Thread: _pkey SOS!!!!

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    _pkey SOS!!!!





    Hi,
    there's beer in it for the person who solves this one.

    I have a postgres database running under redhat which I access over a LAN through SSH.
    I had a problem with a table a couple of weeks ago and simply copied over with an older version of that table which had fewer records in.

    Silly me didn't realise that the _pkey table would consequently be screwed up
    I discovered this through vacuumdb - here's what I got back -

    ------------------------------------------

    NOTICE: Index profiles_pkey: NUMBER OF INDEX' TUPLES (989) IS NOT THE SAME AS HEAP' (821).
    Recreate the index.
    NOTICE: Index profiles_pkey: NUMBER OF INDEX' TUPLES (989) IS NOT THE SAME AS HEAP' (821).
    Recreate the index.
    -----------------------------------------------------------------------------------

    my big question is therefore - How do I recreate the index?????????


    any help would be much appreciated

    Thanks
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    Arrow


    It sounds to me like the index is still referencing the old table, not the NEW one that you just copied over. That's why it's wack. Not to worry, nothing is broken; messing with indexes is usually pretty safe. There are several things we could do in this case.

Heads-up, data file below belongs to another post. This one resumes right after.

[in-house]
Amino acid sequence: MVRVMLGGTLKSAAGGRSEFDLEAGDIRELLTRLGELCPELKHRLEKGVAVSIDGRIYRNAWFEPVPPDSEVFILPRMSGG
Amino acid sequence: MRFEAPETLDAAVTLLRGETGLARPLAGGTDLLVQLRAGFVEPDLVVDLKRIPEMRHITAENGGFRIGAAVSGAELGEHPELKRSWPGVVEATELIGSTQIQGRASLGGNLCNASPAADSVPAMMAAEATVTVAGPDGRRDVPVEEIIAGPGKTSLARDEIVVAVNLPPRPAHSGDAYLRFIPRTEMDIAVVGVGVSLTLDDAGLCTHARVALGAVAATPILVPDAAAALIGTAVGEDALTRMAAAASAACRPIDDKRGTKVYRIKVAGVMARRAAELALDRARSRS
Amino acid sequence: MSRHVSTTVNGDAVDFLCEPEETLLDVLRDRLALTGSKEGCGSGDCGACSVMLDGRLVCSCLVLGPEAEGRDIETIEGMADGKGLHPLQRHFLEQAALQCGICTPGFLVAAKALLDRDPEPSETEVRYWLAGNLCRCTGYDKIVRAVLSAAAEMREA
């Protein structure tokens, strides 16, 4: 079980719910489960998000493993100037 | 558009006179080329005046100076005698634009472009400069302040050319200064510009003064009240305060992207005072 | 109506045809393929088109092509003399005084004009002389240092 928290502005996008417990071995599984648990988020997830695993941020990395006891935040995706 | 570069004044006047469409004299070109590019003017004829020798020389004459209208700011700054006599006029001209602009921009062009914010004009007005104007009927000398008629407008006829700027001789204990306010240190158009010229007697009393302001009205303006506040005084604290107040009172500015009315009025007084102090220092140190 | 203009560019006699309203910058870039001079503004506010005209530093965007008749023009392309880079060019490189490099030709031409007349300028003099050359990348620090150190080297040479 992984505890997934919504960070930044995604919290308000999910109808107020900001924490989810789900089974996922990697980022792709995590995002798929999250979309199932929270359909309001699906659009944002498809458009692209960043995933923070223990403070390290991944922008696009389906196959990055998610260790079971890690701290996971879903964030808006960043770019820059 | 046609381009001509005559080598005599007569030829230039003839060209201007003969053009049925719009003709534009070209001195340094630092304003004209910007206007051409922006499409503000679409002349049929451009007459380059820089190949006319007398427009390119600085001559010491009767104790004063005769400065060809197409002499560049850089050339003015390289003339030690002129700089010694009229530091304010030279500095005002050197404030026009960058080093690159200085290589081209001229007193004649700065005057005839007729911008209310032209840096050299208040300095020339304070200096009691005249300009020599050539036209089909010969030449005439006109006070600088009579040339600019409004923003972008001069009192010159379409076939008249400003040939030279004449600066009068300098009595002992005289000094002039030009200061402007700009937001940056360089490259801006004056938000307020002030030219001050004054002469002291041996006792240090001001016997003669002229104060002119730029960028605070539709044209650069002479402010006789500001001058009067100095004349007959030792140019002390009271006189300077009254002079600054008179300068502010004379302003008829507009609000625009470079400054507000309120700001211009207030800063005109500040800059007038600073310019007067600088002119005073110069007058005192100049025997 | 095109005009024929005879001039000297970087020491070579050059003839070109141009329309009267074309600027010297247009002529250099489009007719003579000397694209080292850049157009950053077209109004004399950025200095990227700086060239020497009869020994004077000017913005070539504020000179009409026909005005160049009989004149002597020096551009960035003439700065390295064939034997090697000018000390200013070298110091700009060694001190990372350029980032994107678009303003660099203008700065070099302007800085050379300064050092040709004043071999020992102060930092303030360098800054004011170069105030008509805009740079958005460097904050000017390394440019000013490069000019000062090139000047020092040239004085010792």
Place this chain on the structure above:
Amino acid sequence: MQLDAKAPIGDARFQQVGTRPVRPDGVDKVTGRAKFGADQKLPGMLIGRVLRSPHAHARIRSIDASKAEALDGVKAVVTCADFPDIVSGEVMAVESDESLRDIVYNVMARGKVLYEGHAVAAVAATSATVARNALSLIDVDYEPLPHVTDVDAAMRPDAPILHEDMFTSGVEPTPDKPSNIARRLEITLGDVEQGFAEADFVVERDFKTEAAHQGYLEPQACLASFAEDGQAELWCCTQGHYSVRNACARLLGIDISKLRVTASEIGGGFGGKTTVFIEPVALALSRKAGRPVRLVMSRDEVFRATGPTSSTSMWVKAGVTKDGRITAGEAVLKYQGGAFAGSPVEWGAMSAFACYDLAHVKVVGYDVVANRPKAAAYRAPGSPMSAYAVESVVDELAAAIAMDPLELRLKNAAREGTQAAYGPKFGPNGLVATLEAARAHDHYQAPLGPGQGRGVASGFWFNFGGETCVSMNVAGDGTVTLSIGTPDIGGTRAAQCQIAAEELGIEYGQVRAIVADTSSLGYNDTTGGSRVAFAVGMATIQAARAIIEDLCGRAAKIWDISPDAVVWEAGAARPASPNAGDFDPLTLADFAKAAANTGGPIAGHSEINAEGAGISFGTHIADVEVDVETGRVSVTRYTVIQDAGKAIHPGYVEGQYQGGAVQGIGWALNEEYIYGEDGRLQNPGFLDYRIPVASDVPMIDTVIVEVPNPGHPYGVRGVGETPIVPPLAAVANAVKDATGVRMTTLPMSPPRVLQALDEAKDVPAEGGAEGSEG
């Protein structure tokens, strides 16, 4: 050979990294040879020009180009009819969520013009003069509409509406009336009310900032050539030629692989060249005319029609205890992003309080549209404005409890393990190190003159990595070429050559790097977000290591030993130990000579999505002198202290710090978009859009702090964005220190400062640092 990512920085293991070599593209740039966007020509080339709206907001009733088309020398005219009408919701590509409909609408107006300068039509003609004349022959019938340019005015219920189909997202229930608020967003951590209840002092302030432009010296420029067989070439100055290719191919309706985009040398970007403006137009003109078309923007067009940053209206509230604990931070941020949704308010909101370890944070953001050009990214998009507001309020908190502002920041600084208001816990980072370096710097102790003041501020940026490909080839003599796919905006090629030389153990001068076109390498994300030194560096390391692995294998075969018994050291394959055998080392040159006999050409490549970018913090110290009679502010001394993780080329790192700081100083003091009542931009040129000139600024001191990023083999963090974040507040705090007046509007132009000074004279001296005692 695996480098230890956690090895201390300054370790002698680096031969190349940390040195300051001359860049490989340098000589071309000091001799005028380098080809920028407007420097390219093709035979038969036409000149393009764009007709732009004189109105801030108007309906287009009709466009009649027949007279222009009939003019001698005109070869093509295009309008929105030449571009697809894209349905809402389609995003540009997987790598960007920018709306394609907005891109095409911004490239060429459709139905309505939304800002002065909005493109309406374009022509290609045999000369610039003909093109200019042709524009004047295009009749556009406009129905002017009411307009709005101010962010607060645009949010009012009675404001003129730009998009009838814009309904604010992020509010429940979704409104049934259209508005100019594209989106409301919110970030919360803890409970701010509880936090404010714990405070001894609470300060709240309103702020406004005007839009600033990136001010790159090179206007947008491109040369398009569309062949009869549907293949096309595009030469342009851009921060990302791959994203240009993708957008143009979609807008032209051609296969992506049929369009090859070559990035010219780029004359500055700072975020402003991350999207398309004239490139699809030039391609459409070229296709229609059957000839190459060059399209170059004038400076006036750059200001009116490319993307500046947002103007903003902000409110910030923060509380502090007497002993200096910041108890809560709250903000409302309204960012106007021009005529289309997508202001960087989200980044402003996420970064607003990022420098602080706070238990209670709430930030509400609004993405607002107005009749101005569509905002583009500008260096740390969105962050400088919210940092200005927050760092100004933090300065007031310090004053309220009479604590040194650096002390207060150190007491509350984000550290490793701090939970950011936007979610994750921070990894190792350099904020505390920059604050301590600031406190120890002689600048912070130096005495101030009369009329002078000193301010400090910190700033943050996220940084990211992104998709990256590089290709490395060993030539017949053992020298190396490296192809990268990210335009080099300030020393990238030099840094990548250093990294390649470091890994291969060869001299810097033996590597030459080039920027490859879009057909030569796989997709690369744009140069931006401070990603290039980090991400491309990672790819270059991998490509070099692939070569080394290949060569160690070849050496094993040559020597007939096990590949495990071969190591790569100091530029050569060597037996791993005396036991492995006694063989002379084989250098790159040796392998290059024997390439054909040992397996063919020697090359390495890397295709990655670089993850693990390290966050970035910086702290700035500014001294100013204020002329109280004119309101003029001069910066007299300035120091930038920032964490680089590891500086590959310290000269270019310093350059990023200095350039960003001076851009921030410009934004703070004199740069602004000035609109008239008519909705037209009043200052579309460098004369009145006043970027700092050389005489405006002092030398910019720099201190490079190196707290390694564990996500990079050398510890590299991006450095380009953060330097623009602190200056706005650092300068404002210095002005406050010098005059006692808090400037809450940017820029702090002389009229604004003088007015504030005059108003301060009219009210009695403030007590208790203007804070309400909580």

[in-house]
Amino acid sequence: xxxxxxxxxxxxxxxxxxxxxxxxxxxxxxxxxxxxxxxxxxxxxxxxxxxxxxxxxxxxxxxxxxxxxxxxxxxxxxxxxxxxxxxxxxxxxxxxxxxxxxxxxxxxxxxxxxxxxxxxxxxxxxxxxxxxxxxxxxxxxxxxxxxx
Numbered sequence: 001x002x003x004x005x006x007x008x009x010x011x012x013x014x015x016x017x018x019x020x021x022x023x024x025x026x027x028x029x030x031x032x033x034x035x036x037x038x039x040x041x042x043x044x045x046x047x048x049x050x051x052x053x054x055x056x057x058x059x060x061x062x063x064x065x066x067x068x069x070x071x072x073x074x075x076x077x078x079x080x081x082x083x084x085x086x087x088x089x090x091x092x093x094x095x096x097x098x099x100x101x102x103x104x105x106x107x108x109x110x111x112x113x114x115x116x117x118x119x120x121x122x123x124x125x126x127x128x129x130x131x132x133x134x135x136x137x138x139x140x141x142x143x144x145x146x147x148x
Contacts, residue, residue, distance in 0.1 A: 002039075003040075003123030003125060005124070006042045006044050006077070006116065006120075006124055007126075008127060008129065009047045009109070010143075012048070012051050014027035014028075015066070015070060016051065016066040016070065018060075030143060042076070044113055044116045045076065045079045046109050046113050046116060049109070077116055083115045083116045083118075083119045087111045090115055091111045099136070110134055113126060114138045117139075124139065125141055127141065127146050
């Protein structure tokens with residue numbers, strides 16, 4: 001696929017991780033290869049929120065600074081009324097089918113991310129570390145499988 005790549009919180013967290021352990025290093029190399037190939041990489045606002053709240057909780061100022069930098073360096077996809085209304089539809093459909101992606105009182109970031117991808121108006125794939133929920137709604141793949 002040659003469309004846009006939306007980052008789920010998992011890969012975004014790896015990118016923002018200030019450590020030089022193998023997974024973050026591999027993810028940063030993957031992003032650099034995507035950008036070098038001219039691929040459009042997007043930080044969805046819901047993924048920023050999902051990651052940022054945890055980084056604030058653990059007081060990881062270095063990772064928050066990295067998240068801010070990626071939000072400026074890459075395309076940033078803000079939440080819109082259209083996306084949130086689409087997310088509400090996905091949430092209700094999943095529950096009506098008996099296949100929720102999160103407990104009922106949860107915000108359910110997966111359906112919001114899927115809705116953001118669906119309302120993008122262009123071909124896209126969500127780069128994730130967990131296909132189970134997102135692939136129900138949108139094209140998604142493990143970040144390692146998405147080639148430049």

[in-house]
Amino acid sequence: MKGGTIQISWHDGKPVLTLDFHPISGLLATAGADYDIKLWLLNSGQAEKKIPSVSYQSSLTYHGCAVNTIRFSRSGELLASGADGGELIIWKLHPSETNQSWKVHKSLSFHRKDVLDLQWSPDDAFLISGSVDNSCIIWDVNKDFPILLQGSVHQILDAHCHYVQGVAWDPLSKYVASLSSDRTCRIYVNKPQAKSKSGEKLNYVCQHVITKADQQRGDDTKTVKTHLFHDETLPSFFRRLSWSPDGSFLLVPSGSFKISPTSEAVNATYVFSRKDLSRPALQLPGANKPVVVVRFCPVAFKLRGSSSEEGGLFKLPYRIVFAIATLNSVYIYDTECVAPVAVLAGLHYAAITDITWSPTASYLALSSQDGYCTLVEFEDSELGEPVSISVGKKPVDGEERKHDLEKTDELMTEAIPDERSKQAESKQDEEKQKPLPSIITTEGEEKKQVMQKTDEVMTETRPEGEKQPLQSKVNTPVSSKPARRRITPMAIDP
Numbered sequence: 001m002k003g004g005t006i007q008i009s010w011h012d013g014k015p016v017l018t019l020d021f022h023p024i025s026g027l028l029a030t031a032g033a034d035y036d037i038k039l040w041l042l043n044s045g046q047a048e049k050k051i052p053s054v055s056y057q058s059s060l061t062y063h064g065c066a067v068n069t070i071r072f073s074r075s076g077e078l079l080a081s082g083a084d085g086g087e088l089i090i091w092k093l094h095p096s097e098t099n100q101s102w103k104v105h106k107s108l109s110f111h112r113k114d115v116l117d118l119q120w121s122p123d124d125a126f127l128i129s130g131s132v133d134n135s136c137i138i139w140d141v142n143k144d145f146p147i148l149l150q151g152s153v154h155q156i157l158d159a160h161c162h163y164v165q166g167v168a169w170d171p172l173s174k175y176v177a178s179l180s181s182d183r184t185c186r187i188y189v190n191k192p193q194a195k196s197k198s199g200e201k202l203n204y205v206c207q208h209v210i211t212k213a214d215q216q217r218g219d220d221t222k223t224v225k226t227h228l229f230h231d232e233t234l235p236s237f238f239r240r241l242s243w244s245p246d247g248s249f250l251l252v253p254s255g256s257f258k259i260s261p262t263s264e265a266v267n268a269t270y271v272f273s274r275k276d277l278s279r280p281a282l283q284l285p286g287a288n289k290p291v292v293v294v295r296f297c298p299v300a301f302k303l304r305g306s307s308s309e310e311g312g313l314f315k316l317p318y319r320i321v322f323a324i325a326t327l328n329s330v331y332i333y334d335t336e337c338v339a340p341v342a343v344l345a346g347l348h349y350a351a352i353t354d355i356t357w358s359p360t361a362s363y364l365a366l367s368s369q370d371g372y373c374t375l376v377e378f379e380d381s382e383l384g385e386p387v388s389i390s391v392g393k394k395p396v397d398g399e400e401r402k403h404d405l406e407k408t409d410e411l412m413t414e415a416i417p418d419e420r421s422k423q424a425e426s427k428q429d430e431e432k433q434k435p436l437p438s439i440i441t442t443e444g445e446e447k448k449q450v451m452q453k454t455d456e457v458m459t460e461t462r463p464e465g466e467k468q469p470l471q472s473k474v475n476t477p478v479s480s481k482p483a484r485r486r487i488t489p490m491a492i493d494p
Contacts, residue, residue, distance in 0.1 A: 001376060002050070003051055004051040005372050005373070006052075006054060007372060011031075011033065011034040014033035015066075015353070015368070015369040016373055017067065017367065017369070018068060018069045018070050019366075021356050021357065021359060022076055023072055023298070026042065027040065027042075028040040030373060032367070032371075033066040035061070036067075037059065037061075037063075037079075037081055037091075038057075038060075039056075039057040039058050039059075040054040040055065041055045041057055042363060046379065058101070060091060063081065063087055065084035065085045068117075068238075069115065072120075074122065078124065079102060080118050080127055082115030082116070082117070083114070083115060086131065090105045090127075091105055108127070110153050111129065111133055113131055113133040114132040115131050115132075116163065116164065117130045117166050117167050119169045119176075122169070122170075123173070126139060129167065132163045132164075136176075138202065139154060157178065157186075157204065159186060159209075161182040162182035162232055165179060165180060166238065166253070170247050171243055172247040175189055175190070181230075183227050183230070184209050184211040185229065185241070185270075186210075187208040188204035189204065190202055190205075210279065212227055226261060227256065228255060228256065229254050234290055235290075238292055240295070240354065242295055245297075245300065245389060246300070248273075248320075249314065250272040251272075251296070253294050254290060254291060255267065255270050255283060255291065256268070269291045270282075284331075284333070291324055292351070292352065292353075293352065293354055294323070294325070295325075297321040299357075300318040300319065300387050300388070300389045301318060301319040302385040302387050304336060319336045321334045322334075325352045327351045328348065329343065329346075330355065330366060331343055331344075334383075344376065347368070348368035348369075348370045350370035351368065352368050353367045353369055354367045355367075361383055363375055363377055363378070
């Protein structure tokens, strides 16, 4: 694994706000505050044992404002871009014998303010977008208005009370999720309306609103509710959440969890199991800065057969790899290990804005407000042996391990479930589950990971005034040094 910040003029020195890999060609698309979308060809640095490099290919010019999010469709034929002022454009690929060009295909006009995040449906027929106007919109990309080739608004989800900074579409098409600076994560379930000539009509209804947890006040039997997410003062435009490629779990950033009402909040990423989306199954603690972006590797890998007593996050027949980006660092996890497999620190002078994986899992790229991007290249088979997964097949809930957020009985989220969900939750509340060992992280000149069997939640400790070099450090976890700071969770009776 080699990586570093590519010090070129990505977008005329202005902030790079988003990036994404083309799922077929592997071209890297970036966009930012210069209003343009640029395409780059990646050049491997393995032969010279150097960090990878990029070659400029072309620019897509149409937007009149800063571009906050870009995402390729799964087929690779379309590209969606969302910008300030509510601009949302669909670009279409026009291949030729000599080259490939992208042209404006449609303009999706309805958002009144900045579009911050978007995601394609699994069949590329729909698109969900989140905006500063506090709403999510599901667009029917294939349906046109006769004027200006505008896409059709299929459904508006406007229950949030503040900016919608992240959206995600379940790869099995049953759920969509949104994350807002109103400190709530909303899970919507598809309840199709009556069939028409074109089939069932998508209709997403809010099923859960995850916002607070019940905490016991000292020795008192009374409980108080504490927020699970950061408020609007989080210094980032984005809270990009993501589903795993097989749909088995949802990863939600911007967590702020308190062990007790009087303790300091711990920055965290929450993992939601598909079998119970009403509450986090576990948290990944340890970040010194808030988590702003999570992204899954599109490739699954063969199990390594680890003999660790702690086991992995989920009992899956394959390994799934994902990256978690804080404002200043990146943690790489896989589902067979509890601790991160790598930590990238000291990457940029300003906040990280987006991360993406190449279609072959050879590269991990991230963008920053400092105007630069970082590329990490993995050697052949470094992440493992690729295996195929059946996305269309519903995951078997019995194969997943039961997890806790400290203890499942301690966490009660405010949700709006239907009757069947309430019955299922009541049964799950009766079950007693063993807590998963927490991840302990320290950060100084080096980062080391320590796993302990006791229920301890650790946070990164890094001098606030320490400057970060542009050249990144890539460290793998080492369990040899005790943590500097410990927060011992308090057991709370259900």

First, here's the REINDEX command:

    http://www.commandprompt.com/ppbook/r27795.htm

    Here's an excerpt from the page, see the link above for a full description:

    Synopsis
    REINDEX { TABLE | DATABASE | INDEX } name [ FORCE ]

    Description
    Use the REINDEX command to rebuild any indices that have become corrupt. This is especially useful if system indices become corrupted. To fix them, shutdown postmaster and start it using the -o "-O -P" command-line parameter. This opens a standalone server that allows for re-indexing of system indices. Run the REINDEX DATABASE command once you are at the psql prompt.
    I am assuming in this case your command would be something like :

    REINDEX INDEX profiles_pkey;
    But notice from the description above, you'll need to shut down Postgres and restart it in standalone mode, before running that command.

    Usually I just drop and recreate indexes, unless they are insanely big, since it's usually pretty safe to drop them. But since I don't know if your index is a special kind of index, (like if it's a function based index) try out the REINDEX command above and let me know how it works out. If it doesn't then we can consider just dropping the thing and recreating it.

    Some people even drop and recreate indexes now and then as a matter of performance tuning. (For example if you have a table with a alot of deletions in it, the index may not be optimized for that table).
    Last edited by Ted Striker; June 23rd, 2002 at 05:40 AM.
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    Smile Thanks


    Thanks Ted,

    That worked a treat - REINDEX INDEX profiles_pkey; created a new index for the profiles table and now I can update as previous.

    Many many thanks


    David
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    Thumbs up


    Awesome!

    Glad to hear that worked out for you.

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